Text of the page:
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Gender Studied      January-February 2017

Healing Stigma in the Age of Social Media

 

IN NOVEMBER 2011, an undercover news crew ambushed me and my wife outside an organic butcher’s shop where we were picking up our Thanksgiving turkey. At the time, I was a respected English teacher and rowing coach with more than two decades of teaching experience under my belt. But the only thing the news crew wanted to talk about was my brief stint as a gay actor in the adult industry. In an instant, I was labeled the “Porn Star Teacher.” And in that same instant, my ability to be happily and legitimately married to a woman while successfully teaching high school students to read, write, and row were all thrown into doubt.

Although I didn’t understand it at the time, the shadow cast over me was one of stigma—a discrediting label assigned by society and meant to isolate the individual so labeled. As I learned later, a stigmatized person often suffers from broken relationships and loss of community, income, and housing. In many cases, the person’s identity is damaged because he or she eventually internalizes the stigma. Tragically, all too often, stigmatization eventually results in suicide.

In my case, once the label “Porn Star Teacher” was attached to my name, a series of damaging assumptions came rolling in: that I must be gay; that I must be lying to my wife; that I must be leading a double life or harboring other secrets. All of these assumptions were in fact inaccurate.

For starters, I’m not gay; I’m bisexual. And my wife, who also happens to be bisexual, has always known about my sexual orientation. What’s more, the decision for me to do adult work was one we made together at a time when we were broke, the economy had bottomed out, and unemployment was over ten percent. To keep my family off the street, I did any kind of work I could—so long as it was legal. Porn paid in one day what other jobs paid in a week. So I made the movie—and made the rent.

Seeing your life played out in the court of public opinion is a surreal experience. While I received support from many people from around the world, it wasn’t enough to save my teaching career. My contract ran out, and I was no longer welcome in the world of education. As the months passed, the effects of stigma started to manifest themselves in my life. I was isolated from my professional world and no longer able to use my passion for literature, poetry, and teaching. I had PTSD and was mentally, emotionally, and physically exhausted. More devastating still, I felt like the person that I’d been for so many years had been shattered into a thousand pieces.

Insomnia set in. I couldn’t sleep for more than two hours at a time, at which point I’d wake up, my heart pounding, my body covered in sweat. To escape my nightmares, I’d get up and make myself a coffee. Before long, I found myself trying to do what I’d done so well during two decades of teaching and coaching: analyzing the challenge and determining what steps were needed to overcome it. I started reading everything I could about the cause and effects of stigma. I realized that though stigma is an ancient societal construct, today, thanks to the Internet and social media, it’s perhaps more dangerous than ever. It’s communicated at unprecedented speeds and on an enormous scale. And once the damaging information is out there, it’s impossible to scrub it from the Internet. In short, once you’re publicly stigmatized in the 21st century, there’s no way to turn back the clock. Instead, you have to move forward and find a way to heal your life and your identity.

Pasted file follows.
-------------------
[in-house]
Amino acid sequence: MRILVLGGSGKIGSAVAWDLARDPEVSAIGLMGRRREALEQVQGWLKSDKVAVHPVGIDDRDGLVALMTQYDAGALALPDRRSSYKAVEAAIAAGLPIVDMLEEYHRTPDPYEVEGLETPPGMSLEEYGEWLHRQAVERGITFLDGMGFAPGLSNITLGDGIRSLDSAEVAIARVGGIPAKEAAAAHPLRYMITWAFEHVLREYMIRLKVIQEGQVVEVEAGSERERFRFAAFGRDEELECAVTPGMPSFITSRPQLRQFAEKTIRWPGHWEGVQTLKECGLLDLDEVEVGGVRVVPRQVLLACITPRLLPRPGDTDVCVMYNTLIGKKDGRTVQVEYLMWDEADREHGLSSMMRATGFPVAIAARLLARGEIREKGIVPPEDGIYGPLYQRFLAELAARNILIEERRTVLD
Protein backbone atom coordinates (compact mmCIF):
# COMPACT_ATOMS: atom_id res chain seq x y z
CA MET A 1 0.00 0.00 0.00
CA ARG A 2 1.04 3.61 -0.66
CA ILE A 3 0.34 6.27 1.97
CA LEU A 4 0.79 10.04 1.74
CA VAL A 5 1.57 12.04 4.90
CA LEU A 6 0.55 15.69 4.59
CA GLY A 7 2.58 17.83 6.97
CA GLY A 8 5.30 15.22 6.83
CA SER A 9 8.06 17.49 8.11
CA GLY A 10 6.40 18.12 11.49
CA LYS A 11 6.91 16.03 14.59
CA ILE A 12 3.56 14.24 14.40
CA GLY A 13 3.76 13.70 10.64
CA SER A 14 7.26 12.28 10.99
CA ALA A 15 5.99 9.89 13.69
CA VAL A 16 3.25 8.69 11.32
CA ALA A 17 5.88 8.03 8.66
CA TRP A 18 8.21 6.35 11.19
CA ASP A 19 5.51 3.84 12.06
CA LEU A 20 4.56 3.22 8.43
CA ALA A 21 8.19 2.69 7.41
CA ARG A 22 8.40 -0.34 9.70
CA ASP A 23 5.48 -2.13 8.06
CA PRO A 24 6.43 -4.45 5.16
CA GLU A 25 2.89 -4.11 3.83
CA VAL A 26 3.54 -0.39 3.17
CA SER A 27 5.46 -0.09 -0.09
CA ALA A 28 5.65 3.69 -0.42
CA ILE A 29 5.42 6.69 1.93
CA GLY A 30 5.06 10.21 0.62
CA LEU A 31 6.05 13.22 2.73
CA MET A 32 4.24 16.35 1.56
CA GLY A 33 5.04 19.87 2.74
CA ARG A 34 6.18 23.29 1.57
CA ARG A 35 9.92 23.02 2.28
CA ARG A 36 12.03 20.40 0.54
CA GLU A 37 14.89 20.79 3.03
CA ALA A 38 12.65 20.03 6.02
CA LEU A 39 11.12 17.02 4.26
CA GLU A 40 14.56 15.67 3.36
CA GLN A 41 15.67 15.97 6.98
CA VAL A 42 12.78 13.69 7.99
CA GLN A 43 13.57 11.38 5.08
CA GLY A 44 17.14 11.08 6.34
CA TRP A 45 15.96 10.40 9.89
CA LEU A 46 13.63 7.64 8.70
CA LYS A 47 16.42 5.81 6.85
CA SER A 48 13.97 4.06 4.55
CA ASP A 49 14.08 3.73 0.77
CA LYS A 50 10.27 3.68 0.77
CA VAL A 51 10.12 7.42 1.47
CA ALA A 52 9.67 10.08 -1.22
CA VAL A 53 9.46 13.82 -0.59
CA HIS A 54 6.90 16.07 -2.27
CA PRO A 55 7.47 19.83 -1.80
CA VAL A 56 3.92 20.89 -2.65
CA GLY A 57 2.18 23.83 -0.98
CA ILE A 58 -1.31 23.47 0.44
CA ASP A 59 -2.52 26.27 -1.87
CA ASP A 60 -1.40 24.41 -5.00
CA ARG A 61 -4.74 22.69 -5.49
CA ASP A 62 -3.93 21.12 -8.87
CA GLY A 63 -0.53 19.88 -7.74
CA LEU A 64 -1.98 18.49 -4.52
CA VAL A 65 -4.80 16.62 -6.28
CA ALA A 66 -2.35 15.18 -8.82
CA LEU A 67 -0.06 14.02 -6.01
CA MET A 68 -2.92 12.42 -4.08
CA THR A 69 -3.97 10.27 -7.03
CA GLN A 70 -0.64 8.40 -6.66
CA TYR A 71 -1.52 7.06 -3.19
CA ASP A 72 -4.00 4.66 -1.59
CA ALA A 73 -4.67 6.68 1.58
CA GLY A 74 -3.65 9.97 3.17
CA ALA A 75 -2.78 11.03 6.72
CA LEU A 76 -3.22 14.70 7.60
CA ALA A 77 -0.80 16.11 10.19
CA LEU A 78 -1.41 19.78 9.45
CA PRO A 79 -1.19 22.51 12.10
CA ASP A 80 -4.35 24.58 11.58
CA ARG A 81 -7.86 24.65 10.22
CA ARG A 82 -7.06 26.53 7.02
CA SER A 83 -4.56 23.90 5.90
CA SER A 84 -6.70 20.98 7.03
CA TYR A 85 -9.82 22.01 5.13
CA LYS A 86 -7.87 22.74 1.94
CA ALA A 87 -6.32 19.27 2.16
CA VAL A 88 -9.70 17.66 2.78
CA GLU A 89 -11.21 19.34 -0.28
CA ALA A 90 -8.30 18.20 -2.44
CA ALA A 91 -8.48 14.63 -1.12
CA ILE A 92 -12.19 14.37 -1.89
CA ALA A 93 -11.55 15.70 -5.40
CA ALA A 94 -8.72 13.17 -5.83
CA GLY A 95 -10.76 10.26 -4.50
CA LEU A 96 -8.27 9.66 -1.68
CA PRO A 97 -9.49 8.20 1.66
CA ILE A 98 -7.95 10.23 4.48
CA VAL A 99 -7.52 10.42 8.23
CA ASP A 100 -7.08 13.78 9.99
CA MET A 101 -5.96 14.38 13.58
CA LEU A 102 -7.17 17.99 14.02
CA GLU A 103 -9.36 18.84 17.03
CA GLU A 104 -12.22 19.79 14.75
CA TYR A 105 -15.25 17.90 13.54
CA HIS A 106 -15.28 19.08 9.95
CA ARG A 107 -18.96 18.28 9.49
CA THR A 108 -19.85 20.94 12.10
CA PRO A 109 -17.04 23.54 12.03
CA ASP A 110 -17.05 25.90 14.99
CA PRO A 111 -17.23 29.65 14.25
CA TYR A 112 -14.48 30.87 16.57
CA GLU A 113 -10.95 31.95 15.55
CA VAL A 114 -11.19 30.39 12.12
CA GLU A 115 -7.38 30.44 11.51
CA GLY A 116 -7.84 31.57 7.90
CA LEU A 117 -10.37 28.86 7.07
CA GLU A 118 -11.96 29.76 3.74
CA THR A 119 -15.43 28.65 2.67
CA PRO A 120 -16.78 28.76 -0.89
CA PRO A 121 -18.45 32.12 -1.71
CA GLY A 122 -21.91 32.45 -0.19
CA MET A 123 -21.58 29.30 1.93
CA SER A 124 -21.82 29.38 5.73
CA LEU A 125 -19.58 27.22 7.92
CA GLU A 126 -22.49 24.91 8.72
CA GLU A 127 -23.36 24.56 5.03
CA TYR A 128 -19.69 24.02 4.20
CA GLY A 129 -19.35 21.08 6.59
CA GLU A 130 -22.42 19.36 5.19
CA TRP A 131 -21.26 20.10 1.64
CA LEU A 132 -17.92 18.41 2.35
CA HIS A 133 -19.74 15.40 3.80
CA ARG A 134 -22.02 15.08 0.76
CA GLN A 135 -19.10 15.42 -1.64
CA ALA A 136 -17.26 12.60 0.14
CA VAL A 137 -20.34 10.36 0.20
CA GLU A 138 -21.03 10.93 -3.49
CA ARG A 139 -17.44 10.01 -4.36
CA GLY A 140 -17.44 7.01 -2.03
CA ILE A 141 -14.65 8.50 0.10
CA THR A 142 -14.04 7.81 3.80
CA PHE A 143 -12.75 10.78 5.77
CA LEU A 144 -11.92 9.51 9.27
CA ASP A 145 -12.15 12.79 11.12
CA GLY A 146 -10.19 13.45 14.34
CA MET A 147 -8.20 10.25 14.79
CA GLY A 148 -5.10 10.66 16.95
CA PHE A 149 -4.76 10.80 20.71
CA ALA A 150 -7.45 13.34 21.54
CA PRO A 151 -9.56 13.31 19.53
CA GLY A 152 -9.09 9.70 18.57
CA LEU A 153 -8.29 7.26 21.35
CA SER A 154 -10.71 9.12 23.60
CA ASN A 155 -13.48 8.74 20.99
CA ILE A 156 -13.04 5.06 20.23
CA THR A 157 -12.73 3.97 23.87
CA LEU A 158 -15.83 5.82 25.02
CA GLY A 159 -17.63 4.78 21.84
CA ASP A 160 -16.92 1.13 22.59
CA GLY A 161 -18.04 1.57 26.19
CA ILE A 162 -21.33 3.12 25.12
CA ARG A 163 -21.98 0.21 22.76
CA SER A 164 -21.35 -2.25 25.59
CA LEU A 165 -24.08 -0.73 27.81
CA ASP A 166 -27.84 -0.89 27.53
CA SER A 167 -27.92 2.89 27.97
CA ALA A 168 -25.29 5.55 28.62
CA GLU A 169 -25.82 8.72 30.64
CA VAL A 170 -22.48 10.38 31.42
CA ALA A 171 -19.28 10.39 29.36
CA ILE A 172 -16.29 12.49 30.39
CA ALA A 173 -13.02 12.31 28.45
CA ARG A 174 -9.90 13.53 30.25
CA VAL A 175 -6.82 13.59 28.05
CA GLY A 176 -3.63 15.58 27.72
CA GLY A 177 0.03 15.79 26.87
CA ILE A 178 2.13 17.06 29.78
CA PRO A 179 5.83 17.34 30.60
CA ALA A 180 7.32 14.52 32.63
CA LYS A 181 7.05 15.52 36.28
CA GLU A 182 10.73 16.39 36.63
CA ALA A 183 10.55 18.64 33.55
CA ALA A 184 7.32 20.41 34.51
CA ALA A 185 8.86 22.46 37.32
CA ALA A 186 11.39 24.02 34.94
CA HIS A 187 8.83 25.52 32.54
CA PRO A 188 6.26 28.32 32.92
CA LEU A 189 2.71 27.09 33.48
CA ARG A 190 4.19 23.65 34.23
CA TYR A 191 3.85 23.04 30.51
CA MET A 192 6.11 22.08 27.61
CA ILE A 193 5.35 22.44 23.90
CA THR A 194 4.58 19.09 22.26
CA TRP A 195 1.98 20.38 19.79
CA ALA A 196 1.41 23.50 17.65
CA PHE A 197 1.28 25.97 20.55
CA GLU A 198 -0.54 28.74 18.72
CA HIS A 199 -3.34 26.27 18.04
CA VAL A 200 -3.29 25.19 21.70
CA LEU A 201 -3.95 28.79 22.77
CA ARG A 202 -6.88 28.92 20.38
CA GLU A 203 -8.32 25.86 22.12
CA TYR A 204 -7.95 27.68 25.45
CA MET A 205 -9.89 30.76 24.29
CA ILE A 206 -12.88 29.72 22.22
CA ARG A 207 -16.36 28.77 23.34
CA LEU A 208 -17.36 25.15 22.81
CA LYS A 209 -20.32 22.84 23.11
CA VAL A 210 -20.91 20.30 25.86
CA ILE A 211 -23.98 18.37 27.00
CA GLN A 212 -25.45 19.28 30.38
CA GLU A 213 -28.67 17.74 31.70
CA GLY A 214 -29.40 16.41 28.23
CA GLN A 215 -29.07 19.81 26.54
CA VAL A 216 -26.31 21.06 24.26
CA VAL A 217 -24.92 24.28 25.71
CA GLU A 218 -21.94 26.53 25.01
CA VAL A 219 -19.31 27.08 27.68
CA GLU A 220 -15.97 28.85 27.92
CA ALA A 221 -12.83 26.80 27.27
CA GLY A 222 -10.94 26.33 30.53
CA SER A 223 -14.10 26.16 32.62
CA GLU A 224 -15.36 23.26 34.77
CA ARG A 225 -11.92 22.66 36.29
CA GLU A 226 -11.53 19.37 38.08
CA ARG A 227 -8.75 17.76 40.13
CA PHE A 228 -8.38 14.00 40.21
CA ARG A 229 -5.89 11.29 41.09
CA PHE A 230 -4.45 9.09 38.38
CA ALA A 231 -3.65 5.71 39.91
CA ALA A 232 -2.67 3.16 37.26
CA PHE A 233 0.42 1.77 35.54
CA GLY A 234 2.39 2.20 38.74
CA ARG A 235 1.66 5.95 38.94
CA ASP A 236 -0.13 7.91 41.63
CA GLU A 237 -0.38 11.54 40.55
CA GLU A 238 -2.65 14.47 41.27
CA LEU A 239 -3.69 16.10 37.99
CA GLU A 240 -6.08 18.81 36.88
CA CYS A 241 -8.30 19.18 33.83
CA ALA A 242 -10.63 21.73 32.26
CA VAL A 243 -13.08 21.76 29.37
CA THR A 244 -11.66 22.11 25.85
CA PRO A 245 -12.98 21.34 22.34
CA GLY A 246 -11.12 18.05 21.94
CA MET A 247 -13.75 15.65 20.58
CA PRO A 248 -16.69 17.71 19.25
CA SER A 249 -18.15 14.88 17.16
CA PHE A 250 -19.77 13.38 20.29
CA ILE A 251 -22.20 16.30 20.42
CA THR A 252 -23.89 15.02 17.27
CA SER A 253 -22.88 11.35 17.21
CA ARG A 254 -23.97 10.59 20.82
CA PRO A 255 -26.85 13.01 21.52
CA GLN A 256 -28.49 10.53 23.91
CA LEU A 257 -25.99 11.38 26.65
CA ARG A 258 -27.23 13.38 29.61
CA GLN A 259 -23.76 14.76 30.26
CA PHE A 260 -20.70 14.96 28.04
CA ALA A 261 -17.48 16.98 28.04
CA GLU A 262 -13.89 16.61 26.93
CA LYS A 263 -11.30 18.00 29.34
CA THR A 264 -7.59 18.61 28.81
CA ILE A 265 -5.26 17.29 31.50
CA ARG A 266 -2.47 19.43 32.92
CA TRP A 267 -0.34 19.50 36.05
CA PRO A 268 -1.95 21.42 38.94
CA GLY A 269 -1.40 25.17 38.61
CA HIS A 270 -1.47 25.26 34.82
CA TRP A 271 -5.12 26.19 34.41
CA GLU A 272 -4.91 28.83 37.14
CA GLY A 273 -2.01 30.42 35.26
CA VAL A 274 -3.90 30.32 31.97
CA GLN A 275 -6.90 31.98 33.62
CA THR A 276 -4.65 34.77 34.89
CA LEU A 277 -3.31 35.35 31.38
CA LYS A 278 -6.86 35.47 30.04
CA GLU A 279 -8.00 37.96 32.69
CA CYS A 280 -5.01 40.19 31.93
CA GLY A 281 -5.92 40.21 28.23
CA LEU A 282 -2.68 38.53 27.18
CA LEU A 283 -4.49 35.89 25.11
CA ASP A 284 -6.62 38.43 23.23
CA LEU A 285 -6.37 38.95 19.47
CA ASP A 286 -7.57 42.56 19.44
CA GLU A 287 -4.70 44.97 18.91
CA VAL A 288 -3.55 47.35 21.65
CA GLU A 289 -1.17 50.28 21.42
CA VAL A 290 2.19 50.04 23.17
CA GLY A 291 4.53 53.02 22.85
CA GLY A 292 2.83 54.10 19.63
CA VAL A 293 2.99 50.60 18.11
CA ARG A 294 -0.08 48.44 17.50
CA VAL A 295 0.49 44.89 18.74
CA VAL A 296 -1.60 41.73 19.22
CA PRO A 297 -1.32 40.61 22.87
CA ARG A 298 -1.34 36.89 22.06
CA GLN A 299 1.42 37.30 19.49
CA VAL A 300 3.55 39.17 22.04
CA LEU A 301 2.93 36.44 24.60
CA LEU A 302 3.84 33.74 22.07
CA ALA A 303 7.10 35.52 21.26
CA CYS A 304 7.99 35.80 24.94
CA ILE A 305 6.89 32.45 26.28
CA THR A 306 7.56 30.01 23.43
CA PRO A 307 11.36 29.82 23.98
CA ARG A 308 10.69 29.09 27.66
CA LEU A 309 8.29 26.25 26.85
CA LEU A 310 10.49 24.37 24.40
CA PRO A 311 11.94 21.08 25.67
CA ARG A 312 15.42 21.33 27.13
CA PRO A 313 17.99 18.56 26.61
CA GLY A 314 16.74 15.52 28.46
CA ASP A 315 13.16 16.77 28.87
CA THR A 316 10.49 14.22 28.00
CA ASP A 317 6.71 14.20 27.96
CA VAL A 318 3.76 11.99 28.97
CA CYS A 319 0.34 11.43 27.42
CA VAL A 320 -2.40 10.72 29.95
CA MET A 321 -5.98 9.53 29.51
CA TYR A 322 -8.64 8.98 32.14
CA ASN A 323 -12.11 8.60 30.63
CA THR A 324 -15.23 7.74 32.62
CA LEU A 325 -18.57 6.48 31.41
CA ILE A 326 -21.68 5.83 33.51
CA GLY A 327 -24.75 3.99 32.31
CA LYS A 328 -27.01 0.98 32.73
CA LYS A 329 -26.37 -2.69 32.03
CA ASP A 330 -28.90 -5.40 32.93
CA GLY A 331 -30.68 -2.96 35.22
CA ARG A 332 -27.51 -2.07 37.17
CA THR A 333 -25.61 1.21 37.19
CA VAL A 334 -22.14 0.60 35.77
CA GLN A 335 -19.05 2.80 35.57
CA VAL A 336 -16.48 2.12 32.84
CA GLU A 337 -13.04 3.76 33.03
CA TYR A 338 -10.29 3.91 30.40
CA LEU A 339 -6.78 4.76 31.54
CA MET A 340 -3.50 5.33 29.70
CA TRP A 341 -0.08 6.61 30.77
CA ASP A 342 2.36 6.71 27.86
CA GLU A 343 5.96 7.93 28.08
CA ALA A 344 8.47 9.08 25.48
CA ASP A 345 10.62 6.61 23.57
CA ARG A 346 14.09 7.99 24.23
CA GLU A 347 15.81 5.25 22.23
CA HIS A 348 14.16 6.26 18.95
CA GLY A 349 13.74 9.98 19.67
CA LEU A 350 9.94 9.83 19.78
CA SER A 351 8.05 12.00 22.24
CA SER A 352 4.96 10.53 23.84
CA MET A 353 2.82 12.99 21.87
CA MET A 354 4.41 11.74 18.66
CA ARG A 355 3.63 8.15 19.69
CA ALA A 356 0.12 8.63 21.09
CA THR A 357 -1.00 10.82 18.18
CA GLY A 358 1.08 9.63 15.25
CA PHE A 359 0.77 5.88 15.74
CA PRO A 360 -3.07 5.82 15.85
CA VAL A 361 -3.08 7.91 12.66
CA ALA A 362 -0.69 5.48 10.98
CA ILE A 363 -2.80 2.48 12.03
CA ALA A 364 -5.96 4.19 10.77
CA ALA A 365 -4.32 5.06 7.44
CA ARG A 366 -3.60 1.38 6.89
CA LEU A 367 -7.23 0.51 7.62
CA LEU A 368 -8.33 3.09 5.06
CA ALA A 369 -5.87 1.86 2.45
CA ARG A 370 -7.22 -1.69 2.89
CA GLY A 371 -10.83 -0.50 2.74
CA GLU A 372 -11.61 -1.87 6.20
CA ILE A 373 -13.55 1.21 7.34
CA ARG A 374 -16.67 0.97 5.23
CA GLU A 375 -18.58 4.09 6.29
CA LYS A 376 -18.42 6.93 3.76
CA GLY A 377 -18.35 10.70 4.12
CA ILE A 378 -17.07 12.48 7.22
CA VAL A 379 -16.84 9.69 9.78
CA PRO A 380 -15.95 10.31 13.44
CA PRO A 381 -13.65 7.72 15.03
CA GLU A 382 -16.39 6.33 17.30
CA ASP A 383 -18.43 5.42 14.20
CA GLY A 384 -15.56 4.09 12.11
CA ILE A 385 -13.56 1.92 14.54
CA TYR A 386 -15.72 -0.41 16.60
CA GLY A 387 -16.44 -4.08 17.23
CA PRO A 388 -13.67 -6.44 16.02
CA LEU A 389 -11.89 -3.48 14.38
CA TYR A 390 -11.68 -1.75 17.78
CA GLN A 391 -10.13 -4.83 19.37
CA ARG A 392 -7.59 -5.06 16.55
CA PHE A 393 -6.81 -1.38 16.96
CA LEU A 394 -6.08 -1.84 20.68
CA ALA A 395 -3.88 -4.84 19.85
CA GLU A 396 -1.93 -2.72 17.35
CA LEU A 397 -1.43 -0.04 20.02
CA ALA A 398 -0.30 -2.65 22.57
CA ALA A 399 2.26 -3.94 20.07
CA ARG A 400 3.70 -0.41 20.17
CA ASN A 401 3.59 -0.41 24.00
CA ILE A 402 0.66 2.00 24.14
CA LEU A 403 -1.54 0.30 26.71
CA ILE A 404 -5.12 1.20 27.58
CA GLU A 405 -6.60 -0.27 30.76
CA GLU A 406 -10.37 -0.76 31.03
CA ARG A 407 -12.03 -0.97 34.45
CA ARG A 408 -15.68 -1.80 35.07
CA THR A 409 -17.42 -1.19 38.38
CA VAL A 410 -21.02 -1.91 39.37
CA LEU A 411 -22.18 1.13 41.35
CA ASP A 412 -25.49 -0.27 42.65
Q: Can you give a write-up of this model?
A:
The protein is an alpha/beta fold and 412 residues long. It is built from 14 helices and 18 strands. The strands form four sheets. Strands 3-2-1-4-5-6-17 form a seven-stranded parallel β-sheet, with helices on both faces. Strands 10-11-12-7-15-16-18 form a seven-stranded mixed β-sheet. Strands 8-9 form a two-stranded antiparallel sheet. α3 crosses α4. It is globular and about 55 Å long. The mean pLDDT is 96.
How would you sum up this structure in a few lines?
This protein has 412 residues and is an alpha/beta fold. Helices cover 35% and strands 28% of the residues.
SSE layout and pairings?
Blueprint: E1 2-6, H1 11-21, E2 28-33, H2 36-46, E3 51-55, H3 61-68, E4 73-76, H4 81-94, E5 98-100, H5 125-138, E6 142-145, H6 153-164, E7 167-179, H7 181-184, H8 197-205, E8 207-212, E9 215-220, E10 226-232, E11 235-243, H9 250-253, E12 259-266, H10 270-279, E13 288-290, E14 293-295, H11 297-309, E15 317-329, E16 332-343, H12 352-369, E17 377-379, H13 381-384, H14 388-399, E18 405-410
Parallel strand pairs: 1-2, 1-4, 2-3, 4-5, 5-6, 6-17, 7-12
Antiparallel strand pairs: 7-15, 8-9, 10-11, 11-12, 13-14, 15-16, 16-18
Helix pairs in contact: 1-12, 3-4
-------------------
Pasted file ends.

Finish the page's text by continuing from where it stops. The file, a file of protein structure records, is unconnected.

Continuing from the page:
For me, healing involved finding my community, that of bisexuals. It also involved finding a way to express myself artistically through poetry. Eventually, it led me to find a new purpose in life by helping others heal from stigma.

That’s when Healing Stigma was born. One of the first things I noticed was that while many organizations worked to raise awareness about various types of stigma through education, none of them had any information on what to do if you’ve been stigmatized. As a teacher, I immediately recognized the need for a practical, step-by-step guide on overcoming stigma. Soon, a friend introduced me to Dr. Robert Galatzer-Levy, one of the world’s leading authorities on stigma, with whom I’m co-authoring Healing Stigma: A Survivor’s Guide to Repairing Identity in the Internet Age.

Currently, the Healing Stigma Program provides a range of hands-on services, including personal coaching, organizational consulting, stigma sensitivity workshops, and motivational speaking. We maintain a free, confidential peer-to-peer support group on Facebook, where members can interact and help each other, and we have a Healing Stigma Professionals group, where professionals can share news, opinions, and resources. We also use our social media presence and our weekly podcast, Healing Stigma on Left of Str8 Radio, to bring issues surrounding stigma to the forefront and initiate conversations.

Among the people we help are some who’ve been stigmatized due to sexual orientation, addiction, obesity, mental illness, learning disabilities, and HIV. Moreover, we work with a number of national and international organizations to raise awareness about specific stigmas such as physical disabilities, bipolar, bullying, and more.

Almost five years after being stigmatized, I’m proud of the work I’m doing and proud of who I’ve become. But more than anything else, I’m grateful to have the opportunity to teach again, except now I’m teaching individuals, families, and communities the hardest lesson I ever learned, that of healing stigma.

 

Kevin Hogan is currently co-authoring (with Robert Galatzer-Levy) a book titled Healing Stigma: A Survivor’s Guide to Repairing Identity in the Internet Age.

 

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